Policy & Advocacy

Backgrounder on Iraq, September 2012

Year Published
  • 2012
  • English

Out of love for the dialogue and peace which protect creation, I exhort the government leaders and the citizens of Iraq to overcome their divisions and the temptation to violence and intolerance, in order to build together the future of their country. The Christian communities also wish to make their own contribution, but if this is to happen, they need to be assured respect, security and freedom. --Pope Benedict XVI, January 11, 2010

Almost ten years after the start of the Iraq War in March 2003, the situation in Iraq remains fragile with a surge in violence and the Iraqi government paralyzed by what appears to be increasingly sectarian conflict. The U.S. Administration had hoped that Iraqi leaders would “move toward political reconciliation and away from sectarianism” when the American military formally ended its mission in Iraq in December 2011. Instead Iraqis continue to face looming questions about security and stability, amidst a volatile political environment. This instability has a major impact on Iraqi Christians and other minorities.

After inconclusive parliamentary elections in March 2010, an uneasy alliance between Shia, Kurdish and Sunni parties formed a “national unity government” in December 2010. But tensions between the Sunni-backed Iraqiya party and Shiites escalated over who would hold key defense and interior positions. In December 2011, the Iraqiya party began boycotting Parliament to protest Prime Minister Nuri al-Maliki’s centralization of power. Al-Maliki, a Shiite, moved to arrest Vice President Tariq al-Hashimi, the highest ranking Sunni who fled to Kurdistan. Anti-American cleric Moqtada al-Sadr, another Shiite, challenged Al-Maliki and called for dissolution of Parliament. That move was squashed, but rumors of a possible no-confidence vote continued in May and June 2012. In August 2012, an Iraqi cabinet level minister, a Sunni, resigned citing al-Maliki’s interference in his ministry. Tensions between Shiites and Kurds over control of oil resources in Kurdistan, a semi-autonomous area that was negotiating its own contracts with foreign oil companies, point to a government hampered by conflict and divisions.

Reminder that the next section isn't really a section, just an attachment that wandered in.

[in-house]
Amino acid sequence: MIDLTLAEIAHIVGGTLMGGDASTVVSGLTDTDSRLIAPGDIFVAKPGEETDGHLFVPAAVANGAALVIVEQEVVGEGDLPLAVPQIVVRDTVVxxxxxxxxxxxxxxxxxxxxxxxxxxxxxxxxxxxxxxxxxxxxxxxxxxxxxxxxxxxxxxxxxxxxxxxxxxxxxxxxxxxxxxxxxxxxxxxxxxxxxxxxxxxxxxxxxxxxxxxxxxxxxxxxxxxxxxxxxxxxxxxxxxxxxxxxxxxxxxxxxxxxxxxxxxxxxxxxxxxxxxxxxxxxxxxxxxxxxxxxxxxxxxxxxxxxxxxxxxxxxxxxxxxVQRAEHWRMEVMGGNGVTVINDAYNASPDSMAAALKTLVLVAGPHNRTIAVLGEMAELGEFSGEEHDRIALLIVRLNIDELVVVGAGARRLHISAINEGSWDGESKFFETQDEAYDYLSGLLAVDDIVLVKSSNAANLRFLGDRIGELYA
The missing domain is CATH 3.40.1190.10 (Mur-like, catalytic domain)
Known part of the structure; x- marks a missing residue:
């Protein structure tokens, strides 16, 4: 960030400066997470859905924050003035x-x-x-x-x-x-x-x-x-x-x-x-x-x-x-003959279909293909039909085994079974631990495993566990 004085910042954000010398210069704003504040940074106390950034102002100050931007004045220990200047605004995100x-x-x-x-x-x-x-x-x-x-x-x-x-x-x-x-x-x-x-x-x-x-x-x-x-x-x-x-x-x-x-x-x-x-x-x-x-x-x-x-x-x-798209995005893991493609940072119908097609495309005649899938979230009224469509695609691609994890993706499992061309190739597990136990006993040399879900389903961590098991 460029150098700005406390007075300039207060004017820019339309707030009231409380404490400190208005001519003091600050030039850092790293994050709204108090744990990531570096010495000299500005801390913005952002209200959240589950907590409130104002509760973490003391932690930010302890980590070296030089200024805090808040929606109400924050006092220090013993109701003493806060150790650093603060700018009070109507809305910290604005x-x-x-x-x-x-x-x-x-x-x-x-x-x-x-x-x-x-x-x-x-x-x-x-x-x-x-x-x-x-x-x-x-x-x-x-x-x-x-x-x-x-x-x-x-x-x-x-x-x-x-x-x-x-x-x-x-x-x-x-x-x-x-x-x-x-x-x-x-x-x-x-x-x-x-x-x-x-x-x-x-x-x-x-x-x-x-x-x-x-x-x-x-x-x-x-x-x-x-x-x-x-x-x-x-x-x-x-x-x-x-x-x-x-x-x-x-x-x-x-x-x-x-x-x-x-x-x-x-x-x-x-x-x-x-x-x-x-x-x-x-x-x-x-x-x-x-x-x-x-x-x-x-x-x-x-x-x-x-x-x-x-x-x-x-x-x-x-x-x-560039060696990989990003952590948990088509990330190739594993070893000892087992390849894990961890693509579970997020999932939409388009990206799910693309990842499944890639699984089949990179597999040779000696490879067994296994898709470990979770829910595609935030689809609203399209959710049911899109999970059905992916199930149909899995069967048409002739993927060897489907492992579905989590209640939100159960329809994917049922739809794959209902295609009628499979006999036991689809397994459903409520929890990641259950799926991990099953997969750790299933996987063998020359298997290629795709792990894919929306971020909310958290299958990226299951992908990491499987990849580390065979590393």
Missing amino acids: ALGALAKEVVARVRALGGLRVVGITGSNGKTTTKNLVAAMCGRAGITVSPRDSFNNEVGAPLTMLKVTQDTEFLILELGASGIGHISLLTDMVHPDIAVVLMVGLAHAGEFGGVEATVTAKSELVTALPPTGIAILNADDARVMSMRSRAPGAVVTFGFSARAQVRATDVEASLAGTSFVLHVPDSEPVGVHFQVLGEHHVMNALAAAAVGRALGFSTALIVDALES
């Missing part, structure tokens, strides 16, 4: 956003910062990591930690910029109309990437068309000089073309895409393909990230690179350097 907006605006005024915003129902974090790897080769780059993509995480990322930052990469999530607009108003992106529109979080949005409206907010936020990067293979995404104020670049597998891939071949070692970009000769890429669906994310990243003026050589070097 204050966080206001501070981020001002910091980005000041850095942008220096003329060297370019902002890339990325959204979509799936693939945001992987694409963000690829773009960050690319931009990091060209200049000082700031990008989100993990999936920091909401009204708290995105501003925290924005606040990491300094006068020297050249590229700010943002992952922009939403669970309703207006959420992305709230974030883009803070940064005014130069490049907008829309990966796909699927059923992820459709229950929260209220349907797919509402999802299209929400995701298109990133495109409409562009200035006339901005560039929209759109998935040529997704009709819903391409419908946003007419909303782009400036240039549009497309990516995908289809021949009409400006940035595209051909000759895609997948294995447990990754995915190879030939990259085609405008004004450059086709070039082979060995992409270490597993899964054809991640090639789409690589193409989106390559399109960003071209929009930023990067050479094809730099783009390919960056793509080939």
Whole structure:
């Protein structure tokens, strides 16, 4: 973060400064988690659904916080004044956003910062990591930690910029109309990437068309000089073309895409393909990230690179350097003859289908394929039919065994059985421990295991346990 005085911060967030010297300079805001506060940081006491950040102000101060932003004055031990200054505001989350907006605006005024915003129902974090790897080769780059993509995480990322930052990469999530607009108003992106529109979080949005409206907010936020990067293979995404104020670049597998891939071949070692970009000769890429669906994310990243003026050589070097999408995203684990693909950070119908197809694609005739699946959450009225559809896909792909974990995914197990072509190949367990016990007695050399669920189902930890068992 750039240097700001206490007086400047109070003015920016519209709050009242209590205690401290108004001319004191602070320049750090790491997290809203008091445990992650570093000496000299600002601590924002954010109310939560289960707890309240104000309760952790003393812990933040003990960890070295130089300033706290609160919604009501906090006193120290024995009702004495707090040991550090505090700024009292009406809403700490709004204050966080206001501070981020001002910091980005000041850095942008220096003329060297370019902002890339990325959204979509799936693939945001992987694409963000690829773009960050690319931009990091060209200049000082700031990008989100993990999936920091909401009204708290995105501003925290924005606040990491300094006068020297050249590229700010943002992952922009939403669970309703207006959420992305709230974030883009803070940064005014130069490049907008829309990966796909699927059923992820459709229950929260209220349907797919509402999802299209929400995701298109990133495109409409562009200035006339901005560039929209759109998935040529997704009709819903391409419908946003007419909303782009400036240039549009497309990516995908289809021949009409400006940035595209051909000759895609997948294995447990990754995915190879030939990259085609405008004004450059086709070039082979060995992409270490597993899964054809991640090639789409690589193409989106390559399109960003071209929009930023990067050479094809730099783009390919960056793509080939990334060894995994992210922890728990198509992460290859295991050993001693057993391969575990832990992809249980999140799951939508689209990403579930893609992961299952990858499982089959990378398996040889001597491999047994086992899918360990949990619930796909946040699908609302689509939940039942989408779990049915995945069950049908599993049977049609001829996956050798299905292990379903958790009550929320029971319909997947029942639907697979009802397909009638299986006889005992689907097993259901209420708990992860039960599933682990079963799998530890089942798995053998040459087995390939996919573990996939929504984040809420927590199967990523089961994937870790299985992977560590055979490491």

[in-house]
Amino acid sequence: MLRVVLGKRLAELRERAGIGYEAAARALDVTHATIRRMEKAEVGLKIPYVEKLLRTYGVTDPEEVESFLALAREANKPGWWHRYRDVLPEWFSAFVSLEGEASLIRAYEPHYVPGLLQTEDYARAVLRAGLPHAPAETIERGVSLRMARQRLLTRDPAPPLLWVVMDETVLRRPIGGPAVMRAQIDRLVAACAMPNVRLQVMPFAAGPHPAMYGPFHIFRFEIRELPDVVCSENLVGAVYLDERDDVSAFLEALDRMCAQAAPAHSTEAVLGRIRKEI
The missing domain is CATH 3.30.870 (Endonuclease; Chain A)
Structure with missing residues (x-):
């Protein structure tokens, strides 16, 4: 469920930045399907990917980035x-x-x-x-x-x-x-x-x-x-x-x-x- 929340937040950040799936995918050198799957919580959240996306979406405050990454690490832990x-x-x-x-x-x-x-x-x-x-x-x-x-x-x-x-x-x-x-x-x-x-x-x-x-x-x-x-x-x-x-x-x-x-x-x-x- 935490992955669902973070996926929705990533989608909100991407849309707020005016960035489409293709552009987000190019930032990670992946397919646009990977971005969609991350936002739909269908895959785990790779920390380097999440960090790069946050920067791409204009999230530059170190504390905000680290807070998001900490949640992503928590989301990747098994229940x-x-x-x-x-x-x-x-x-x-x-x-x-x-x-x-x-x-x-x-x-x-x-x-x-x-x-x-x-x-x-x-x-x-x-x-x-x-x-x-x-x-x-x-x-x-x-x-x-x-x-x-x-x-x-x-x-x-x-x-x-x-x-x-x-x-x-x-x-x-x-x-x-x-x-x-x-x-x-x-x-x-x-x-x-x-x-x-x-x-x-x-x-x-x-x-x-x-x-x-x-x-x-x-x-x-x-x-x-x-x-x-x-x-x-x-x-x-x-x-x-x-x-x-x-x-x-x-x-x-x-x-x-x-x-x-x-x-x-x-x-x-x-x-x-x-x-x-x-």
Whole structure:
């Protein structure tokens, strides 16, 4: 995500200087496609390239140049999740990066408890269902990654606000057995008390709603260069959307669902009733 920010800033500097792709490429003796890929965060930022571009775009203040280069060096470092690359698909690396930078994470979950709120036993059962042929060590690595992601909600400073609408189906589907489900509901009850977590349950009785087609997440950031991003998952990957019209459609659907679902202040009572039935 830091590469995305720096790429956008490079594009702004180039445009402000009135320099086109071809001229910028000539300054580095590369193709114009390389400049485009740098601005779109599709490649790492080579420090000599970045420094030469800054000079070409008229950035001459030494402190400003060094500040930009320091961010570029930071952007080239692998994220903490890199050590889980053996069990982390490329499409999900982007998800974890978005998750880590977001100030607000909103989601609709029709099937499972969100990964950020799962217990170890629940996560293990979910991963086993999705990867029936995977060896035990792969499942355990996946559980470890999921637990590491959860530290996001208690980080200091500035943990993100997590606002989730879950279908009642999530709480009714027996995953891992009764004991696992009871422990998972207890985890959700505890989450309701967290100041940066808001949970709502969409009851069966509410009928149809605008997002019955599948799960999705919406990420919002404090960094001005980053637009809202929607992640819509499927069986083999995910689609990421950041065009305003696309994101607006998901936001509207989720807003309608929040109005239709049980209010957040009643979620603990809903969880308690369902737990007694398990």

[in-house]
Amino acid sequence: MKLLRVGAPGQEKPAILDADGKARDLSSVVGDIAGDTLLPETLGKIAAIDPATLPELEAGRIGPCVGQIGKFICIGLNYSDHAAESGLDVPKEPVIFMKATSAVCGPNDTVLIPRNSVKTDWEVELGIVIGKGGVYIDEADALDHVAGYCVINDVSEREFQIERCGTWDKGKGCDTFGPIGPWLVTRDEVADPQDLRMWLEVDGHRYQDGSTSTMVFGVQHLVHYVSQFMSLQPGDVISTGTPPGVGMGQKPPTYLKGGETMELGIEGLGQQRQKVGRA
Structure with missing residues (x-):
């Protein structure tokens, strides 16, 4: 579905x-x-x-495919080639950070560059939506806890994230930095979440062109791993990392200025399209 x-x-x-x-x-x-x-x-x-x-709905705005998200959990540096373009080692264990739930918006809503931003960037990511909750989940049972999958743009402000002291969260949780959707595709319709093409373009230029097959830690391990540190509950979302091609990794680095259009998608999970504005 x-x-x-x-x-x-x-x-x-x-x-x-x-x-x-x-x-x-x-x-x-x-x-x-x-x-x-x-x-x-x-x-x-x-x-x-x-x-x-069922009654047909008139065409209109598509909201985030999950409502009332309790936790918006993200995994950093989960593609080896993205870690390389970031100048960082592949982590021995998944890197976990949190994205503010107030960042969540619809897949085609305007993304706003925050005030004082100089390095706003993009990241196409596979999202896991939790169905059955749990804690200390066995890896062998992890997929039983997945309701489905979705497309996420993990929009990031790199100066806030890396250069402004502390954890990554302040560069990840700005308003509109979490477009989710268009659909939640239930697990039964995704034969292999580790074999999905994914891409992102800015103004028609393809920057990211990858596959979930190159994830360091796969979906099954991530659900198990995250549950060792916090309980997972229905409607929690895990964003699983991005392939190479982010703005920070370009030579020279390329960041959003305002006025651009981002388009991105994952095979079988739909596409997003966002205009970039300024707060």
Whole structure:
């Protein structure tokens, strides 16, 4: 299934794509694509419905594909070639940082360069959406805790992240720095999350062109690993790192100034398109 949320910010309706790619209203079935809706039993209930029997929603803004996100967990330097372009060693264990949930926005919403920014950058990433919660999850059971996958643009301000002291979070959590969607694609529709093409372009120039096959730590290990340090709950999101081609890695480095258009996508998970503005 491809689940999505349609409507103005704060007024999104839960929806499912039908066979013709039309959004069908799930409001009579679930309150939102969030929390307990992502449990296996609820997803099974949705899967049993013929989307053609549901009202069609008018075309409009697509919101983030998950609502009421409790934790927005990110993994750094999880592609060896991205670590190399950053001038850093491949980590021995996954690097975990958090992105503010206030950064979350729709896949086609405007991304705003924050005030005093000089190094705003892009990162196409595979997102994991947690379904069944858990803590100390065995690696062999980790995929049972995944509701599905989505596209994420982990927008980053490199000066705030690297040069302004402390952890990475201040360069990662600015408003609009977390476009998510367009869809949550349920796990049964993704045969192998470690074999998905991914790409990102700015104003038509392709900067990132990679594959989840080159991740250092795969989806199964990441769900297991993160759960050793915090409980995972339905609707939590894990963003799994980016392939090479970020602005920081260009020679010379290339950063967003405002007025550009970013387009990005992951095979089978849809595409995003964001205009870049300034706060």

Terrorists and insurgents, especially al-Qaeda in Iraq, are taking advantage of the instability to target both security forces and civilians in an effort to undermine the already fragile government. The growing conflict in neighboring Syria where regional powers vie for influence adds to the volatility. All this diverts attention from the basic need to enhance security, accelerate economic and social reconstruction, train civil servants, and provide poverty-focused assistance for the most vulnerable Iraqis.

In October 2011 Bishop Gerald Kicanas and Bishop George Murry, SJ returned from a pastoral visit to Iraq with moving and sobering accounts about the terrible conditions facing Christians and religious minorities. At first Iraqi Christians viewed the attacks as similar to those on all Iraqis; but a pattern of deliberate violence against Christians and other vulnerable minorities by extremist groups has emerged. Attacks, like the one that killed scores in the Syrian Catholic cathedral in Baghdad in October 2010, have caused many in the Iraqi Christian community to flee, putting increasing pressure on the remaining Christian population.

Out of about 27 million Iraqis, more than 2 million are internally displaced from their homes, while another 2 million are refugees who fled into neighboring countries. A log-jam of refugee immigration work and increased security checks prevent displaced Iraqis from changing their refugee status and delays processing. Of the 25,000 U.S. visas promised to Iraqis who assisted Americans in 2008, only 3,800 have Department of Justice, Peace and Human Development Office of International Justice and Peace Background on Iraq September 2012 3211 Fourth St., NE. Washington, DC 20017. Tel: (202)541-3160 Fax: (202)541-3339 been granted. Iraqi refugees caught in Syria have no place to go since many cannot return to Iraq.